Klein and Hikind want penalties for colleges that boycott Israel
ALBANY—Two Jewish Democrats in the state Legislature want to pull state aid from colleges and universities that are affiliated with a movement to boycott Israel.
State Senator Jeffrey Klein of the Bronx, who leads the chamber's Independent Democratic Conference, and Assemblyman Dov Hikind of Brooklyn, plan to introduce a bill denouncing the Washington, D.C.-based American Studies Association for boycotting academic partnerships with Israeli institutions over the occupation of Palestine.
The legislation would end state funding and bonding privileges from public or private schools that don't withdraw support for the ASA within 30 days.
In a statement released on Friday, Klein and Hikind argued that the boycott is a direct violation of New York's Human Rights Act, and called it “a slap in the face to Jews and supporters of Israel everywhere."
“Make no mistake: the ASA's boycott is targeted discrimination against Israel that betrays the values of academic freedom that we hold dear,” the lawmakers wrote. “New Yorkers expect us to reject discrimination in every form, and cutting off the state spigot is the best way of doing that.”
Curtis Marez, an attorney for the ASA said the group's boycott does not violate New York law, because it includes academic institutions in Israel, but does not bar collaboration with Israeli teachers and students. Marez called the legislators' proposal “legal bullying” that would be “found unenforceable by a court.”
“The ASA boycott, like similar civil rights boycotts undertaken to obtain dignity and equality, is protected by the First Amendment of the U.S. Constitution,” Marez said in a statement.
It's unclear how many New York colleges or universities are affiliated with ASA, but four members of the group's national council, which voted for the boycott, are from New York University. The national council polled members on the boycott, and 1,252 of 5,000 members responded, with 66 percent approving the boycott and 30.5 percent opposing it.
An ASA spokesperson said that universities themselves are not members of the group, which advocates for the study of American history and culture. Rather, individual departments and academic programs are members, and their memberships are typically funded through voluntary contributions from faculty, although some are financed with university funds.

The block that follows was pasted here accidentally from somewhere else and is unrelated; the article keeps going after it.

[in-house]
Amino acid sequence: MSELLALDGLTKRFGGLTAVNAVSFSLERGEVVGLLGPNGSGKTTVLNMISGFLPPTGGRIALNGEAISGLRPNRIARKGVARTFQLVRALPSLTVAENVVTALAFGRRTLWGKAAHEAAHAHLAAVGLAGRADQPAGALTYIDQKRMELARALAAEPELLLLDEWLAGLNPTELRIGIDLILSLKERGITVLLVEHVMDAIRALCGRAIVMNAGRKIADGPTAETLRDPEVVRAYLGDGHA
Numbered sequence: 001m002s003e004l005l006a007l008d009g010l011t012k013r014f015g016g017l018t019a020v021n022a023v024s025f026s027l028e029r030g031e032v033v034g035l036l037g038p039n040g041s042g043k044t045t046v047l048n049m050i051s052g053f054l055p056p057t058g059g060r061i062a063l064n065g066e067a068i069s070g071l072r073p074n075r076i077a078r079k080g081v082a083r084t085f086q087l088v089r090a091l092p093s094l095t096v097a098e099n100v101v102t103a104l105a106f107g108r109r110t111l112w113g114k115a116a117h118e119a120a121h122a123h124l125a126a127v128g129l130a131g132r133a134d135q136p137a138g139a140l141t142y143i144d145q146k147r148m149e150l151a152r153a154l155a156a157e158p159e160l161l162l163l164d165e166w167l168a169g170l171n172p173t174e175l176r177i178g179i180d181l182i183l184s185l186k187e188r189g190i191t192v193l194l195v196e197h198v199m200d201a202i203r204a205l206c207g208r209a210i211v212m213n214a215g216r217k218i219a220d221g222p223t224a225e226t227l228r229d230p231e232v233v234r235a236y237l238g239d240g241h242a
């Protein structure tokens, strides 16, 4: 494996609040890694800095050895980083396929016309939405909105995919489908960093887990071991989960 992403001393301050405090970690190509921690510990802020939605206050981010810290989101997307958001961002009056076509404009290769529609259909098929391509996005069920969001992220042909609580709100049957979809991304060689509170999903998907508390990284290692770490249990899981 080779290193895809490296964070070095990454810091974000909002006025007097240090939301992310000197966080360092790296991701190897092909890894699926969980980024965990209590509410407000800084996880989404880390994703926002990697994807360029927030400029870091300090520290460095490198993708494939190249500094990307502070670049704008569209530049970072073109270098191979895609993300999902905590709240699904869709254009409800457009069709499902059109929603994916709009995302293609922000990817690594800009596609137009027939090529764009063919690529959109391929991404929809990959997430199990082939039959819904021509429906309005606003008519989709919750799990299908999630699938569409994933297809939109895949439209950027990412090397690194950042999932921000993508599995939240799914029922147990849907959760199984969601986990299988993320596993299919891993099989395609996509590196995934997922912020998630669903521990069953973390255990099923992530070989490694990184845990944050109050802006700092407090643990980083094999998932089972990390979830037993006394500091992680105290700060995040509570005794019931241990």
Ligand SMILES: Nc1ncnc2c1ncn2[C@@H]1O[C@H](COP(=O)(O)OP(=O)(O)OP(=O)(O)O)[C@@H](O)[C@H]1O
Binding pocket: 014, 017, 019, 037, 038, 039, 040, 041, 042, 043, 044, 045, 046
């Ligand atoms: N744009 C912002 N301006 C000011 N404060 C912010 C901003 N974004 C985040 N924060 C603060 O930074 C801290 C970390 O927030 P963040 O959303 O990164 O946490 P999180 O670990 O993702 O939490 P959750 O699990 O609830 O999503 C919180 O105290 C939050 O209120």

“The Council voted for an academic boycott of Israeli institutions as an ethical stance, a form of material and symbolic action," according to a news release on the ASA's website. "It represents a principle of solidarity with scholars and students deprived of their academic freedom and an aspiration to enlarge that freedom for all, including Palestinians."
“The free exchange of ideas is at the heart of the academic enterprise,” Kelly said. “Any effort to impede that flow is antithetical to the values that universities hold most dear. The City University of New York is proud of its many international collaborations and is committed to extending and deepening those relations.”
Kelly noted a new joint M.B.A. program between Baruch College and the College of Management Academic Studies in Rishon LeZion.
“The need for global cooperation has never been more urgent, and we repudiate any effort to foreclose productive dialogue,” he continued.
SUNY Chancellor Nancy Zimpher responded in a statement Friday that the system "strongly oppose[s] the boycott" and "will continue to support [student, faculty and staff] collaborations here in the U.S. and globally, without interruption."
But she also said that "individuals at SUNY may embrace the boycott or attempt to find other solutions, and that is their choice."
The higher education committee chairs in the State Assembly and Senate also could not be immediately reached.
Historically, the federal government has discouraged or outlawed U.S. businesses participating in boycotts of Israel.